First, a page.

Archive for the ‘Revelation’ Category

Revelation 1.17a says, “When I saw Him, I fell at His feet like a dead man.”

Verses 12-16 is a fairly impressive description of the glorified Christ. I could get into a description of what each of the different elements of Christ’s appearance represents. But guess what? I won’t! We can save that for another day. Instead I want to take a brief look at the result of being in the presence of Christ.

Fear and falling down both seem to play a major role when it comes to seeing things that are heavenly. Throughout all of Scripture, when angels appear to people they usually start their messages with the words “fear not”. In fact that is what Christ says to John in the end of verse 17. He says, “do not be afraid…”

So why do people fear when they see the glorified Christ, or angels? Why is it that they tend to fall on the ground?
Do you remember when Moses was in the presence of God? He saw the backside of the Lord and when the people saw him he was forced to cover his face because he was shining from the glory of the Lord! They were terrified of Moses. Something was different about him. They feared Moses for the same reason people in Scripture fear angels. The glory of the Lord was evident. People (and angels) are changed in the presence of the Lord. Something happens and it is noticeable to the world around them.

For this reason, you and I cannot spend time with God in prayer and in His word and not be changed. God’s presence demands change. A reaction will occur. Moses glowed, John fell down, and the angels invoked fear! What kind of change has occurred in your life lately due to your proximately with the Lord? If you can’t site any change then maybe it is time to purposely change!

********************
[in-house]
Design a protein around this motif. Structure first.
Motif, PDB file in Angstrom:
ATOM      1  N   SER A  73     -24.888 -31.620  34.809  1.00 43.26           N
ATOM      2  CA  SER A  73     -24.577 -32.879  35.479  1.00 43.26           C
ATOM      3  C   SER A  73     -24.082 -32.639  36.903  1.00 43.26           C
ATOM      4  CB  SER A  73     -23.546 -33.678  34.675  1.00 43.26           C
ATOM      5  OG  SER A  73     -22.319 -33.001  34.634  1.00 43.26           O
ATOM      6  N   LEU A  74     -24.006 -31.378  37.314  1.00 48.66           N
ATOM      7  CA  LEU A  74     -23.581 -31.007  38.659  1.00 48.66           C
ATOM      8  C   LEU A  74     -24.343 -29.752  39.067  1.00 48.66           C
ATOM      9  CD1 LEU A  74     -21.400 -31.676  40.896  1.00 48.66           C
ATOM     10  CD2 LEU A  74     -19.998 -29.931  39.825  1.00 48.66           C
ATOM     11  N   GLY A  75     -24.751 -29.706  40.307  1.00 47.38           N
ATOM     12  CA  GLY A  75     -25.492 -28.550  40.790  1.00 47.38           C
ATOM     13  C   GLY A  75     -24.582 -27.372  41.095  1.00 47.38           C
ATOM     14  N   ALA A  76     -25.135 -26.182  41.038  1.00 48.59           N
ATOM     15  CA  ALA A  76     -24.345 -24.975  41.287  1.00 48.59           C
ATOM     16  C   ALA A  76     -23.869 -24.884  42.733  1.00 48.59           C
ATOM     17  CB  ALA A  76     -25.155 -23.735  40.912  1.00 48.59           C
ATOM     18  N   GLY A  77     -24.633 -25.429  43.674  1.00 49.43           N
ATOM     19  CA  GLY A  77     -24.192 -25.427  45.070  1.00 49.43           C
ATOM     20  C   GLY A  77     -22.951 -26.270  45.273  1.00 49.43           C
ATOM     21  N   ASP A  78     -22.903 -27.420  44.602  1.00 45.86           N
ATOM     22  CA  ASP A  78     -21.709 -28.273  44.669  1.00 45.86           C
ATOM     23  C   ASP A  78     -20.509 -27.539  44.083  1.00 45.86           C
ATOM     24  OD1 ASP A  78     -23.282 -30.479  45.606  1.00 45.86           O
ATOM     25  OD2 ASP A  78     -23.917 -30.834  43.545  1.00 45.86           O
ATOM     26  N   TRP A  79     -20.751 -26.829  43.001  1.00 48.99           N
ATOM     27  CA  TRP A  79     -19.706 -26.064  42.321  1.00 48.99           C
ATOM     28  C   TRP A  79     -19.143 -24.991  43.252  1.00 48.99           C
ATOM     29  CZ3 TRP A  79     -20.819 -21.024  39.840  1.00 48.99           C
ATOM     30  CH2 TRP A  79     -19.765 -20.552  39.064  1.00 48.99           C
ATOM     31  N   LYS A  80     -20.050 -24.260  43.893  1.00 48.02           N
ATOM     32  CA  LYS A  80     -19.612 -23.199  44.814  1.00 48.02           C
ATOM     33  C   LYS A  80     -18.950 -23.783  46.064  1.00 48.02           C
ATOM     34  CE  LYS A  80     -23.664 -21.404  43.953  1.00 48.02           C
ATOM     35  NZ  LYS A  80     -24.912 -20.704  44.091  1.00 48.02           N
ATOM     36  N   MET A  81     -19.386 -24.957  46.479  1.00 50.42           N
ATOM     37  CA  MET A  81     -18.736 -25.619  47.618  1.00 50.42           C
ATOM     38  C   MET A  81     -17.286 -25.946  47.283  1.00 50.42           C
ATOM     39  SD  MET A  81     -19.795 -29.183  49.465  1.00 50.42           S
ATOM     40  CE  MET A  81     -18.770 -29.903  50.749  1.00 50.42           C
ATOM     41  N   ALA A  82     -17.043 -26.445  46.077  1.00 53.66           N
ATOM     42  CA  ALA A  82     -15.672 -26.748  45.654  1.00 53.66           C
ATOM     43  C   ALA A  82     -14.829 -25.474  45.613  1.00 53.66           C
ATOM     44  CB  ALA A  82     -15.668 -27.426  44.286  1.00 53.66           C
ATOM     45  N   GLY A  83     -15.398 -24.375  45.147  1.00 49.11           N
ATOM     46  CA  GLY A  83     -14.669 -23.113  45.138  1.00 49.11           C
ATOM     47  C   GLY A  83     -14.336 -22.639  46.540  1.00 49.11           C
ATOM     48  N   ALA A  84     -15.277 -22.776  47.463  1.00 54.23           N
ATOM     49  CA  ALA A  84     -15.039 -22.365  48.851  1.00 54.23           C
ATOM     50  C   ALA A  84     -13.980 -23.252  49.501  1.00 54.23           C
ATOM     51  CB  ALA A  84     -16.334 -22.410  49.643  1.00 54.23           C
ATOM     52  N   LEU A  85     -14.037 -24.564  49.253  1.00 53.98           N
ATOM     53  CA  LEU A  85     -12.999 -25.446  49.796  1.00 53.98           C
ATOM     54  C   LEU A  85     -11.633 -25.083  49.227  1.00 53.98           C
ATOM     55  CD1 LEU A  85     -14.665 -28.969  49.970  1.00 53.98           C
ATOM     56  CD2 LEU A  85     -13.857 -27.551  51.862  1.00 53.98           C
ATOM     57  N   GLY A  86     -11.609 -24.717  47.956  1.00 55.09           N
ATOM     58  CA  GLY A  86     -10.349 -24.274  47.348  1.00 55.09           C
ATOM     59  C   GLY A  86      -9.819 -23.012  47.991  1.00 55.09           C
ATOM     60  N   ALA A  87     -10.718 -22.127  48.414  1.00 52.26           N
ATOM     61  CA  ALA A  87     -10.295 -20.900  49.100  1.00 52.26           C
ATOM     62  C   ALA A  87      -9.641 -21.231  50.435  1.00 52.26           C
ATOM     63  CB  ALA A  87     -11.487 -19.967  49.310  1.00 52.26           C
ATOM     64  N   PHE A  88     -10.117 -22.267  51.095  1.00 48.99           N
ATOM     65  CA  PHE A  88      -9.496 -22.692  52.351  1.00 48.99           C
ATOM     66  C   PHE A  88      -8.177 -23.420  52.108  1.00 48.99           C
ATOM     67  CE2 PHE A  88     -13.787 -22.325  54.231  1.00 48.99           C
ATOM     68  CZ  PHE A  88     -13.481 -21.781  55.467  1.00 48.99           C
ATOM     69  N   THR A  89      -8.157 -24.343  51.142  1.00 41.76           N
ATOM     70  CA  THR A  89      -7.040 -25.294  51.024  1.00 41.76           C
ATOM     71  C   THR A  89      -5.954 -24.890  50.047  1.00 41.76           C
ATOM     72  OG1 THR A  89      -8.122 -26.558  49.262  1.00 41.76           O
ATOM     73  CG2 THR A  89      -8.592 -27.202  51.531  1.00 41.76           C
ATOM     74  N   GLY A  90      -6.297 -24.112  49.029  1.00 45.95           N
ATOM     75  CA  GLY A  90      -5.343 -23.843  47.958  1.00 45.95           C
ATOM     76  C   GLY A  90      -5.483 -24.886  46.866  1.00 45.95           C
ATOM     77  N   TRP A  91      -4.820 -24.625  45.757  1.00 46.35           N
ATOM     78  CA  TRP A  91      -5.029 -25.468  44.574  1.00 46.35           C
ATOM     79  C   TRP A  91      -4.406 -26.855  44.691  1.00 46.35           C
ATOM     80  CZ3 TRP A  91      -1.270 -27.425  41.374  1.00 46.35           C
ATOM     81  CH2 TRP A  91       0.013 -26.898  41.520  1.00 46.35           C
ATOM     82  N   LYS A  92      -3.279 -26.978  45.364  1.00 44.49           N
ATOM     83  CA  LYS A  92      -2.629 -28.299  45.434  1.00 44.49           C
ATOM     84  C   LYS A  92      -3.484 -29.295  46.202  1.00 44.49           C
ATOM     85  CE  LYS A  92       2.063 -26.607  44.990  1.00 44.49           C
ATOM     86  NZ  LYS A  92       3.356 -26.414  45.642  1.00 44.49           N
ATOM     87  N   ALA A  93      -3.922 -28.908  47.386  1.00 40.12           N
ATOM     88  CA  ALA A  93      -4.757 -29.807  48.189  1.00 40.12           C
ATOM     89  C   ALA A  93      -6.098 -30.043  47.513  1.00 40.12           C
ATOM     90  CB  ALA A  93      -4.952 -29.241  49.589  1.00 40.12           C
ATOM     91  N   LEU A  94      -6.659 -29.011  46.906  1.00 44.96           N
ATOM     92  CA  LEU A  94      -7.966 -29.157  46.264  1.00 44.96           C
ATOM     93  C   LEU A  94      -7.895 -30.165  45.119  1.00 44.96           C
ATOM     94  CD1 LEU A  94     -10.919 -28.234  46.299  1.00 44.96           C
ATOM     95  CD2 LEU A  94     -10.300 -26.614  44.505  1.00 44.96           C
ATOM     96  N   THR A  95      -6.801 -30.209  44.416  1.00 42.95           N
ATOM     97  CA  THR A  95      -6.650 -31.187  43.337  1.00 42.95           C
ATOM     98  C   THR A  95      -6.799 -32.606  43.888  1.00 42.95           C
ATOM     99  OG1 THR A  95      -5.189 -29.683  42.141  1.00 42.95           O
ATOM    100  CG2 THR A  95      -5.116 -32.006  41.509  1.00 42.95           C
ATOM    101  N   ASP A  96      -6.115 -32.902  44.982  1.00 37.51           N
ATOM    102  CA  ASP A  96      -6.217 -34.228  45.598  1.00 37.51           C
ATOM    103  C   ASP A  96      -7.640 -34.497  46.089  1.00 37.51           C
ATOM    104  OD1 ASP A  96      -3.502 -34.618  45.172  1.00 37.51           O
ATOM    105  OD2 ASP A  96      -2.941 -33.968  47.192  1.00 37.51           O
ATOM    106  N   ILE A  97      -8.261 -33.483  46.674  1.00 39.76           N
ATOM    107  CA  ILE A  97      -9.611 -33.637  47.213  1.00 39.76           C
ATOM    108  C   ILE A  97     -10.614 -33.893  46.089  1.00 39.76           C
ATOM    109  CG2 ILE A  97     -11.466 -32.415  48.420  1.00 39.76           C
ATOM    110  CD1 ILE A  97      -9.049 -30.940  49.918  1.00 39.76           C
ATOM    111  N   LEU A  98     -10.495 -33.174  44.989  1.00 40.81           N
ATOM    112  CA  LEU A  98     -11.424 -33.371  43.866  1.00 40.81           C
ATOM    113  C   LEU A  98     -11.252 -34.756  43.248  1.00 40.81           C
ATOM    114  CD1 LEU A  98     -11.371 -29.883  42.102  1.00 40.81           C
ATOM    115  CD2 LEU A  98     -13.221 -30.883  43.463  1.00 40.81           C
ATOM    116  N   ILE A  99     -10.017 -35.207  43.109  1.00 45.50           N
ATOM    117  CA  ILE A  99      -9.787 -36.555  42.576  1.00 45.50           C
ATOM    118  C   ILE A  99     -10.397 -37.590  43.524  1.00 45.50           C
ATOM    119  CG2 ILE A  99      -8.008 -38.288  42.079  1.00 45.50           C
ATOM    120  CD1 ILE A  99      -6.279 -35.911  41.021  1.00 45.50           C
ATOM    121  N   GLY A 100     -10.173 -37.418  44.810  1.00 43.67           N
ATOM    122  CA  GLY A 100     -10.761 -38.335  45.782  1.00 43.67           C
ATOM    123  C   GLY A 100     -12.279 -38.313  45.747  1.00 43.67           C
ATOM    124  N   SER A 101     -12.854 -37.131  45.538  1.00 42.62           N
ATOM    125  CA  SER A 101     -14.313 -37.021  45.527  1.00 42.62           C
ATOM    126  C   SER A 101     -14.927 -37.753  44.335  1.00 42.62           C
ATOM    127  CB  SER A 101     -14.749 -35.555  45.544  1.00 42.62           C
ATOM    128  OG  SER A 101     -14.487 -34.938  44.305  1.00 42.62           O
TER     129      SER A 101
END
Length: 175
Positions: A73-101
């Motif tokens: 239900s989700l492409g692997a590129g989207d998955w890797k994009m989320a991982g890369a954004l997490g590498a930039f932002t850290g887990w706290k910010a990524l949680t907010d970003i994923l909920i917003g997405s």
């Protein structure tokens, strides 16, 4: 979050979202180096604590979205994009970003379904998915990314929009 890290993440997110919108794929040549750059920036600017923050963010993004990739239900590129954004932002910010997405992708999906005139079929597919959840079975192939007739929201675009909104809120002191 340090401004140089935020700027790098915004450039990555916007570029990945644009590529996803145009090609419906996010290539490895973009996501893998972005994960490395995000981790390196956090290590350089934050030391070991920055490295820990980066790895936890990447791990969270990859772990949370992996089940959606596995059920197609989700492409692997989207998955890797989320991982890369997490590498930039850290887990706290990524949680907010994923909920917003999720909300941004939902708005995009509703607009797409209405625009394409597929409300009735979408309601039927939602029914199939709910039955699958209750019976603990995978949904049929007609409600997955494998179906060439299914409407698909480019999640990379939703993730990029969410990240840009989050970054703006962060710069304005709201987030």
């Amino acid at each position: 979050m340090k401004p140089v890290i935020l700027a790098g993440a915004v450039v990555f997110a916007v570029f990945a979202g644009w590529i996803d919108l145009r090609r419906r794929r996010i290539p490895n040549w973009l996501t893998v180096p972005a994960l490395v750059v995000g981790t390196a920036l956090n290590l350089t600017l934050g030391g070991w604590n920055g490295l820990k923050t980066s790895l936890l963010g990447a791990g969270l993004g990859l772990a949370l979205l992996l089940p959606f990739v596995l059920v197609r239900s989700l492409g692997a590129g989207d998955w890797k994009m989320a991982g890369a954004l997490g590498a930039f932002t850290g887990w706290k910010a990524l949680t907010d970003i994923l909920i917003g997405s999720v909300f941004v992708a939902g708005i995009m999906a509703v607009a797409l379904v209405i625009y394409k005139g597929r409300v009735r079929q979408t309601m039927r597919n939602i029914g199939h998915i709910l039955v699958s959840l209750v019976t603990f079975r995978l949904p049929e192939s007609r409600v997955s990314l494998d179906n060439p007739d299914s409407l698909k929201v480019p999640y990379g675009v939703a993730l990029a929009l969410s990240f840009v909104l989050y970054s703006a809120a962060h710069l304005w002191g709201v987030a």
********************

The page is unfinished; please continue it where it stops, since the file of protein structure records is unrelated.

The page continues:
Lack of change in a believer screams lack of involvement with their Lord. Being in the presence of God affects people. How affected are you and how effective are you?

Revelation 1.10a says, “I was in the Spirit on the Lord’s day…”

The Apostle John was an old man when he wrote the book Revelation. Most scholars agree that the book of Revelation was penned somewhere right around A.D. 96. With this in mind we can assume that if John was 20ish when Christ called him to follow him around A.D. 27 or A.D. 30. If this is the case John was an old man when he was sent to Patmos.

Patmos where John was sent was not an island resort. Patmos is a barren, volcanic island in the Aegean Sea, at its longest point it was about 10 miles long and 5-6 miles wide, and located some 40 miles offshore. According to the Roman historian Tacitus, exile to such islands was a common form of punishment in the first century. It is believed that those sent were not simply marooned but were put to work in harsh conditions. Emperor Domitian is said have exiled his own niece to another island for a reason that was politically motivated.

John was also living knowing that his closest friends had been murdered for their stance on Christ. He was segregated from other believers and probably suffered much mental anguish.

So here we find John: friendless, old, exhausted, enduring slave labor, harsh conditions, second rate food and probably not an overly comfortable. He had given his life to Christ and this is how he ended up. He had probable cause to become bitter and disillusioned or at least we might assume this. After all he had taken Jesus’ mother in as his own mother and this is how he gets repayed.

Yet John does not focus on his condition or frustrations when Sunday morning roles along. He sets aside time to spend with the Lord. Revelation 1.10 says, “I was in the Spirit on the Lord’s day.” Now we could debate what it means to be in the Spirit but that is not my intent. My intent is to show that John was focused on the Lord and had purposed to set aside time to spend with his Lord on the Lord’s Day. What an example!

Consider the early church…